Food Poisoning Viruses

problematic foodborne pathogens

Viruses & Foodborne Illness

Viruses are thought to be the leading cause of foodborne illness in the United States based on the percentage of people ill, even though there are only a few viruses that are important foodborne pathogens.
Viruses are much smaller than bacteria and cannot live outside a host, such as an animal or the human body. They are not cells but look more like particles (they have a protein coat, not a cell wall); reproducing only when they invade living cells. Although they do not multiply in food products, it can take only a few viral particles to make a person sick. Viruses are easily transferred from one food product to another, from contaminated water to foods, and from infected food handlers to foods. The two most well-known foodborne viruses are Hepatitis A and Norovirus (also known as Norwalk virus). Antibiotic drugs will not help in treatment because antibiotics fight against bacteria not viruses.

the most common types

Viruses that cause foodborne illness

Real People with real stories


Protect yourself against norovirus

Noroviruses are the leading cause of gastroenteritis and foodborne disease outbreaks in the United States.

Pathogen reference table

Incubation/Onset table

recent recalls
and outbreaks

STOP culls recall and outbreak information from FDA, USDA, CFIA and CDC for our constituents who  sign up for our free e-Alerts.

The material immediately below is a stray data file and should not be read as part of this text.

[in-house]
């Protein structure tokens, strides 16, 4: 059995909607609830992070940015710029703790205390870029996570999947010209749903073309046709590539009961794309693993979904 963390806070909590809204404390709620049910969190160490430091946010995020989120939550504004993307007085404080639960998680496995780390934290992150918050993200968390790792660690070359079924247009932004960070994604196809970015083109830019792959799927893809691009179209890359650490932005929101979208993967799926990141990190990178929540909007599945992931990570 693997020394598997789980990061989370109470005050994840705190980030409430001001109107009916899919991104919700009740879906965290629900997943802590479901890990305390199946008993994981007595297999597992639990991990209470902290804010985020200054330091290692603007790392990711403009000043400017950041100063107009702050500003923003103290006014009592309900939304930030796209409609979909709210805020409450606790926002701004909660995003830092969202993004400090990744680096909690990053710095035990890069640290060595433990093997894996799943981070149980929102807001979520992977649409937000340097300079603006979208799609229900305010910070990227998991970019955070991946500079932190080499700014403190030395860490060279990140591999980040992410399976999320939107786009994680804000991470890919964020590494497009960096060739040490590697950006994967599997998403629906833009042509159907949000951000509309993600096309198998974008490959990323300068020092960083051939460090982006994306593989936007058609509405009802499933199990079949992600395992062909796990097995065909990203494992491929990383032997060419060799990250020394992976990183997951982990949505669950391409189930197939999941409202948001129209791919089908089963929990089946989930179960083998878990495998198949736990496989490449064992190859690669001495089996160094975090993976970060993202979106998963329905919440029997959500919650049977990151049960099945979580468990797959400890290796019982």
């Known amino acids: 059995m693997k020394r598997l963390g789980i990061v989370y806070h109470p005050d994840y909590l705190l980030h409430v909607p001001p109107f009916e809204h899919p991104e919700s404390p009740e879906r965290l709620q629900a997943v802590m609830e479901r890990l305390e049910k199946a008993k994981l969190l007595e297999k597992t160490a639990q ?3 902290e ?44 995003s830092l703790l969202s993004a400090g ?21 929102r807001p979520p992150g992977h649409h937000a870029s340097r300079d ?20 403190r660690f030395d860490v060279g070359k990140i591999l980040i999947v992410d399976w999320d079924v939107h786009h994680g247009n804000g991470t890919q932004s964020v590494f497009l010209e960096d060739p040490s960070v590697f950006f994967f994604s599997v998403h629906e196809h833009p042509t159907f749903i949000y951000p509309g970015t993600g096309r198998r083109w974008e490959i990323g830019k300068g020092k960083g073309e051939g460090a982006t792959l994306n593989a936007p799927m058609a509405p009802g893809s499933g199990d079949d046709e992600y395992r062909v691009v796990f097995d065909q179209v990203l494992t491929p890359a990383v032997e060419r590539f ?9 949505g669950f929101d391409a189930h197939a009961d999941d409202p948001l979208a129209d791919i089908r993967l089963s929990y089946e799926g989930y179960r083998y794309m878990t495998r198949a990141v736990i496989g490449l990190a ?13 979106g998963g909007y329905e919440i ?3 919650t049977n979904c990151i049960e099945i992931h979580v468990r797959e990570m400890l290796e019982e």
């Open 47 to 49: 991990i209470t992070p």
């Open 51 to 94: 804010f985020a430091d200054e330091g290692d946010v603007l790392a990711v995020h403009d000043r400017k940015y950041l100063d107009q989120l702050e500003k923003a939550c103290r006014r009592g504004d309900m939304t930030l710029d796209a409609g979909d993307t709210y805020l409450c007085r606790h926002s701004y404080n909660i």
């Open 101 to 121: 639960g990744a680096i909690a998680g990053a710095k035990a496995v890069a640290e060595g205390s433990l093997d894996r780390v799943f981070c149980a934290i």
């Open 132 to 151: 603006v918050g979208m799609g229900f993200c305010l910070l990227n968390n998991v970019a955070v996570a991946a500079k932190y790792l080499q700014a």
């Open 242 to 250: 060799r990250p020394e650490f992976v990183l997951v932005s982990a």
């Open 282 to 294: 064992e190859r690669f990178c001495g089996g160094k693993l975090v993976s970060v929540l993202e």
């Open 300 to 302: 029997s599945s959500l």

Covering all 50 US States and Puerto Rico, and ten Canadian provinces and three territories, each recall notice includes the item(s) recalled, the contaminating pathogen, the states and provinces impacted, details about the products, and links to more information.


in your state or province (USA/Canada).


for foods contaminated with pathogens.

Share your foodborne illness story

We Will Help You Every Step Of The Way

Information provided in this section is in the public domain and is provided by US Food and Drug Administration (FDA); US Department of Agriculture (USDA), Food Safety and Inspection Service (FSIS); the Centers for Disease Control and Prevention (CDC); National Institute of Diabetes and Digestive and Kidney Diseases (NIDDKD);
and Canadian Food Inspection Agency (CFIA).

This information is not meant to be used for self-diagnosis or as a substitute for consultation with a healthcare provider.
If you have any questions about the bacteria described in this section or think that you may have a bacterial infection, please consult a healthcare provider.